Meet the world’s smallest monster trucks

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WASHINGTON, D.C. — Check out the world’s smallest monster truck. Called the Ohio Bobcat Nanowagon, its dimensions are about equal to the width of a strand of DNA. Oh, and a chemical curiosity hides under its hood.

It’s been constructed from just five molecules. The pipsqueak is only about 3.5 nanometers long and 2.5 wide. Still, it was the heftiest contender in the first-ever nanocar race earlier this year. (There, it took home the bronze.) Perhaps more interesting was the surprise researchers made while building these itsy-bitsy racecars.

Many broke as soon as scientists tried attaching them to a racetrack. Their broken bits tended to look like two-wheeled hoverboards.

“It seems to be easier to break the chassis than to remove the wheel,” notes Eric Masson. That proved “very surprising,” says this car’s co-developer. Chemical bonds link atoms in the car’s frame. The type of bond holding them together typically is thought to be stronger than the type that attach its wheels.

Masson is a chemist at Ohio University in Athens. He and his colleagues are not sure why their Bobcat Nanowagons are more likely to snap in half than to lose a wheel. But they are investigating. Explaining this quirk could help scientists better understand the operations of molecular machines. A number of such nano-devices are now under development. They could be used to seek and destroy cancer cells, or even deliver drugs to specific cells of the body.

Masson offered details of his nano-racer August 23 in a news conference, here, at the American Chemical Society fall national meeting.

Power Words

atom     The basic unit of a chemical element. Atoms are made up of a dense nucleus that contains positively charged protons and uncharged neutrons. The nucleus is orbited by a cloud of negatively charged electrons.

bond     (in chemistry) A semi-permanent attachment between atoms — or groups of atoms — in a molecule. It’s formed by an attractive force between the participating atoms. Once bonded, the atoms will work as a unit. To separate the component atoms, energy must be supplied to the molecule as heat or some other type of radiation.

cell     The smallest structural and functional unit of an organism. Typically too small to see with the unaided eye, it consists of a watery fluid surrounded by a membrane or wall. Depending on their size, animals are made of anywhere from thousands to trillions of cells. Most organisms, such as yeasts, molds, bacteria and some algae, are composed of only one cell.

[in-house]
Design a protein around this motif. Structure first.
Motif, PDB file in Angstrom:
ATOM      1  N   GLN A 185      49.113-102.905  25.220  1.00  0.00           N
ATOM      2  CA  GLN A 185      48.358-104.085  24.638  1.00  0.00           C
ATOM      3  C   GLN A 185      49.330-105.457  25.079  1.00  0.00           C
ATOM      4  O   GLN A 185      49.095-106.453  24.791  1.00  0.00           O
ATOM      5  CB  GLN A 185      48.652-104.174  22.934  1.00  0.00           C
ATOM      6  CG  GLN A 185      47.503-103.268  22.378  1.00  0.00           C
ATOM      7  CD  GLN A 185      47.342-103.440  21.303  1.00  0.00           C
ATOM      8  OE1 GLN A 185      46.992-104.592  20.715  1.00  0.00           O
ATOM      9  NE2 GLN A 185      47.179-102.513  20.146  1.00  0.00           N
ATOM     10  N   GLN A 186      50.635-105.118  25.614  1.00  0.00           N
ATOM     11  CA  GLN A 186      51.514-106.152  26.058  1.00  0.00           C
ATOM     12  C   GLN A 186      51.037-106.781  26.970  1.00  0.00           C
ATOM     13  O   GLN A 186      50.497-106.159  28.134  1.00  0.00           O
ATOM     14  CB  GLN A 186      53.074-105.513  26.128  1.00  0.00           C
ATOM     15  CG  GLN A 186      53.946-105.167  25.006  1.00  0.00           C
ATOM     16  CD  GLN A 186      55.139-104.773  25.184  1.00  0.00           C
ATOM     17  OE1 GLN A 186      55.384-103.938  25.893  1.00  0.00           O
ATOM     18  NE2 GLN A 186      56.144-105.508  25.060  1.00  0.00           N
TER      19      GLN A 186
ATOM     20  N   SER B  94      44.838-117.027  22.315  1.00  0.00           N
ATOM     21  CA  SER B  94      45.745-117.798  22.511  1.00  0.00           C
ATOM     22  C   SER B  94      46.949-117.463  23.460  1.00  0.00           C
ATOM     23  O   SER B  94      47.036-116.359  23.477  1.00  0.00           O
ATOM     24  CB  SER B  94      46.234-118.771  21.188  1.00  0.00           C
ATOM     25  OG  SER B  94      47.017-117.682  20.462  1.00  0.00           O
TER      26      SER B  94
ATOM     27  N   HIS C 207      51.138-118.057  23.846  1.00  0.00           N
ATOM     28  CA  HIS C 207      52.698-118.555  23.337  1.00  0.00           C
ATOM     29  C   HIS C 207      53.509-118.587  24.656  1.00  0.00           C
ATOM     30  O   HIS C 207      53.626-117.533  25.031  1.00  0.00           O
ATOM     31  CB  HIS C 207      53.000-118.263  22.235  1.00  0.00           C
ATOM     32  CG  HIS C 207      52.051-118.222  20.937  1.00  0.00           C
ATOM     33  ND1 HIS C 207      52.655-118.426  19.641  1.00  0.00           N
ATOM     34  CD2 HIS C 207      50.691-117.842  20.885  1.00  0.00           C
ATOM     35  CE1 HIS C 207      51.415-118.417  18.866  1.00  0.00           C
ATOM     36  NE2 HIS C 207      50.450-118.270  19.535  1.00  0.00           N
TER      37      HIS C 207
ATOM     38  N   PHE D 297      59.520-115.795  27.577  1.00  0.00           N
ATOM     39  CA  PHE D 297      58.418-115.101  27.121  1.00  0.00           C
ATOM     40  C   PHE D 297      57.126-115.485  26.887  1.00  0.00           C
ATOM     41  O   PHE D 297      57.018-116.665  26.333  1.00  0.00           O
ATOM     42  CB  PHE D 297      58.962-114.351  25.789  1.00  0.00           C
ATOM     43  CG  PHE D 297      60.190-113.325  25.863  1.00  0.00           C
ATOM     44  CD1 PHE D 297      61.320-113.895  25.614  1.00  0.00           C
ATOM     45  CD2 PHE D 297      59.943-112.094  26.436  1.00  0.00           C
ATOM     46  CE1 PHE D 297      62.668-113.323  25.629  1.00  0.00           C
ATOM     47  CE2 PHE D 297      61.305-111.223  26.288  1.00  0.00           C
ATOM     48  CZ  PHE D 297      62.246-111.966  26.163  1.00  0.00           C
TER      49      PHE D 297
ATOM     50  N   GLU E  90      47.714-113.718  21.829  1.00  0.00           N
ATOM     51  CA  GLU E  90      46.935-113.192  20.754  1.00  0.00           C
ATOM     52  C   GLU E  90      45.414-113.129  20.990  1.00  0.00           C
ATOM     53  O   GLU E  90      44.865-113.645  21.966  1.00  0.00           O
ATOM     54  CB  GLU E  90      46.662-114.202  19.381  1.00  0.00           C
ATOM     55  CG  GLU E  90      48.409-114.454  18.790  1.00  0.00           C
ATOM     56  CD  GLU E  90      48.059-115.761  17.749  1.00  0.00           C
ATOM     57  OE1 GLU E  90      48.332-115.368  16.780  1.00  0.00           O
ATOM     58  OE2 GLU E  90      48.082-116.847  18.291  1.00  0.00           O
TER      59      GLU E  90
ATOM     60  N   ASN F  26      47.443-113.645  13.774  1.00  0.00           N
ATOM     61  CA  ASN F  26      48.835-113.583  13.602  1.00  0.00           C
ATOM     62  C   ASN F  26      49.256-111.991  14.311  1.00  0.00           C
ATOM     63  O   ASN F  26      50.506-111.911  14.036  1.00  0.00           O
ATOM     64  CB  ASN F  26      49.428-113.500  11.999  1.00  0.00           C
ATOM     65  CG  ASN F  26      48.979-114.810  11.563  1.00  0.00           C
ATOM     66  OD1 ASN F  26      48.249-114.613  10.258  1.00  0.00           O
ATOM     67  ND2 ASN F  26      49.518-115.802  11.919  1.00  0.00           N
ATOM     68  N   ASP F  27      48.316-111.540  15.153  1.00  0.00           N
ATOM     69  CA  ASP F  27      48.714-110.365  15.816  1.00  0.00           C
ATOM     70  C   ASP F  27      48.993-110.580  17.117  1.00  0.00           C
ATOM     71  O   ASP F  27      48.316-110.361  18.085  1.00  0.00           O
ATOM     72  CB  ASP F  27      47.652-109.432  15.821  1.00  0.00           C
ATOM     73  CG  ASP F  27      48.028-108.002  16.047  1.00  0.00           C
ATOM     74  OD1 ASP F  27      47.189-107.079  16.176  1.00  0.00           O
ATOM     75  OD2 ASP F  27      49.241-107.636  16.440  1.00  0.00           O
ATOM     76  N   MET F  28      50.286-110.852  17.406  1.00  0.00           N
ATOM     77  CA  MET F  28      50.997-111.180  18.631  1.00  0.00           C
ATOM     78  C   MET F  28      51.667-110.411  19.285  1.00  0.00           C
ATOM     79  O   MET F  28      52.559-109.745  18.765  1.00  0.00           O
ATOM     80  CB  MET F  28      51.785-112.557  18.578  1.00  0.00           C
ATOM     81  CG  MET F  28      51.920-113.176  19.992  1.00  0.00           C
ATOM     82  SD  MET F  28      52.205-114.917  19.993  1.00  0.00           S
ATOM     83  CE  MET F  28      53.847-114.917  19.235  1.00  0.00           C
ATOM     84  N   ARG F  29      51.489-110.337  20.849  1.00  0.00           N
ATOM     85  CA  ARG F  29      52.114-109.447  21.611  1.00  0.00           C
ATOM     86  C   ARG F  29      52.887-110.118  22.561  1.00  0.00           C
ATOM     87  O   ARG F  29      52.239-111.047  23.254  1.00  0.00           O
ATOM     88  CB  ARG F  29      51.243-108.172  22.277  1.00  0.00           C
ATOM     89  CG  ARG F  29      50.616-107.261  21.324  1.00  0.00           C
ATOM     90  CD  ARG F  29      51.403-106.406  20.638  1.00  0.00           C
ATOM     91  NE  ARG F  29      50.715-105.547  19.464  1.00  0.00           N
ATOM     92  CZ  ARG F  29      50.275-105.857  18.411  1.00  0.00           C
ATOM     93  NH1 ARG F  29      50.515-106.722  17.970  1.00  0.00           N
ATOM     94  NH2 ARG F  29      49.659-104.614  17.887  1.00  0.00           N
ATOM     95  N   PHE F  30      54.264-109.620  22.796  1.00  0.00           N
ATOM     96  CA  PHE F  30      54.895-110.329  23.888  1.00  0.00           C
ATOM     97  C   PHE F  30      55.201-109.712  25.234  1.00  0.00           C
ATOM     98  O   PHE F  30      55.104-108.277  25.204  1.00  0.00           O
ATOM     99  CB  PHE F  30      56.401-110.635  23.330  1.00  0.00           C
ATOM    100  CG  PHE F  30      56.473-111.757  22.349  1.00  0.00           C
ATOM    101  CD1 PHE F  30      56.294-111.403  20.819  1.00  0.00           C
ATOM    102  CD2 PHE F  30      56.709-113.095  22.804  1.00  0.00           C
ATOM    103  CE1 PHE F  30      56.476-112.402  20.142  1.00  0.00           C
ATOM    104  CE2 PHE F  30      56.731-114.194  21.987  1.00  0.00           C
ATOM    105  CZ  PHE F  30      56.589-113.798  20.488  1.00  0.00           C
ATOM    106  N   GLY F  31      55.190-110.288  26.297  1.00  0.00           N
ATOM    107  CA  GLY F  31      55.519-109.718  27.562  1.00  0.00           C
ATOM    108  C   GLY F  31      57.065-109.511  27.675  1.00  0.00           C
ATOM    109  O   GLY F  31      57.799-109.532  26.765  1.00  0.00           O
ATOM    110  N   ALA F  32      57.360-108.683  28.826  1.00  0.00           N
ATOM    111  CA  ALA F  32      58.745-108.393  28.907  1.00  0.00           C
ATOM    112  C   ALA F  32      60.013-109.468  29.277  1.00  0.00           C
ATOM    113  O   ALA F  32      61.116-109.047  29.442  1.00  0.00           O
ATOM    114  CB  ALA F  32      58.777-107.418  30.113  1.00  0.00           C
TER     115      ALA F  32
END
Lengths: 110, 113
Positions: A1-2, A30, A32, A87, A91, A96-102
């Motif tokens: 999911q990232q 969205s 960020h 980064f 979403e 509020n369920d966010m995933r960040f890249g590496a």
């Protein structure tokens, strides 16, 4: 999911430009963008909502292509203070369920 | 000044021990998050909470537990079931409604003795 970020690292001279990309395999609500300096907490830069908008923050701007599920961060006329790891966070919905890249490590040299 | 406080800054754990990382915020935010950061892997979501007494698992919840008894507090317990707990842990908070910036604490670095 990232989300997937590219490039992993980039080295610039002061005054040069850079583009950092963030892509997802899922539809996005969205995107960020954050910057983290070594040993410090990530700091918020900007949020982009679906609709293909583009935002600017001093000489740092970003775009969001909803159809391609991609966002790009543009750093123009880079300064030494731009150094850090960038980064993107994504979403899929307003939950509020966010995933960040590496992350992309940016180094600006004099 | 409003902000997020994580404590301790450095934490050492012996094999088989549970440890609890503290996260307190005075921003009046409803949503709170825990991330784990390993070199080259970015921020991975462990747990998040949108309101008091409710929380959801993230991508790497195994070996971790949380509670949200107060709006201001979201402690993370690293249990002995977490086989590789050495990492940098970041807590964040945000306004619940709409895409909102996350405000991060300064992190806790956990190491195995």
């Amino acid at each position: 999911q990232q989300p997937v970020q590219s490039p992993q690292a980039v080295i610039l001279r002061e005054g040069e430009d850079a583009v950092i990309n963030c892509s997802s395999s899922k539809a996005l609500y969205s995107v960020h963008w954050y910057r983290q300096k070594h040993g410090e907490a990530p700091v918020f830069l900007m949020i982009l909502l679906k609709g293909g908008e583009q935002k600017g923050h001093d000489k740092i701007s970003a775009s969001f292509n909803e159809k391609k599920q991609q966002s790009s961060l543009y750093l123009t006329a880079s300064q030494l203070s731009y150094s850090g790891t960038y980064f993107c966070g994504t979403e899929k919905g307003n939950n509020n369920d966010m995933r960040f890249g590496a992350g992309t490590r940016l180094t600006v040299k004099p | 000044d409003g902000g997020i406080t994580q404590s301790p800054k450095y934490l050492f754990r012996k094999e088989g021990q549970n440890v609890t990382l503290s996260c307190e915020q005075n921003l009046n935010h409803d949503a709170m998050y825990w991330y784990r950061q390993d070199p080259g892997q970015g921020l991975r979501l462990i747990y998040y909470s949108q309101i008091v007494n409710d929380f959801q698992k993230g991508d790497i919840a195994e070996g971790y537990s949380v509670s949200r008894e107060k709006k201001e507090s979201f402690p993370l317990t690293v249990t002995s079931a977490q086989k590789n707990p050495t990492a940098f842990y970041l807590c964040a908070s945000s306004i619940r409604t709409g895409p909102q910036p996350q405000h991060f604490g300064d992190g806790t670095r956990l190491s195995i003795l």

chassis     The frame of a vehicle that supports its working parts, including its wheels.

chemical     A substance formed from two or more atoms that unite (bond) in a fixed proportion and structure. For example, water is a chemical made when two hydrogen atoms bond to one oxygen atom. Its chemical formula is H2O. Chemical also can be an adjective to describe properties of materials that are the result of various reactions between different compounds.

chemical bonds     Attractive forces between atoms that are strong enough to make the linked elements function as a single unit. Some of the attractive forces are weak, some are very strong. All bonds appear to link atoms through a sharing of — or an attempt to share — electrons.

colleague     Someone who works with another; a co-worker or team member.

DNA     (short for deoxyribonucleic acid) A long, double-stranded and spiral-shaped molecule inside most living cells that carries genetic instructions. It is built on a backbone of phosphorus, oxygen, and carbon atoms. In all living things, from plants and animals to microbes, these instructions tell cells which molecules to make.

molecule     An electrically neutral group of atoms that represents the smallest possible amount of a chemical compound. Molecules can be made of single types of atoms or of different types. For example, the oxygen in the air is made of two oxygen atoms (O2), but water is made of two hydrogen atoms and one oxygen atom (H2O).

nano    A prefix indicating a billionth. In the metric system of measurements, it’s often used as an abbreviation to refer to objects that are a billionth of a meter long or in diameter.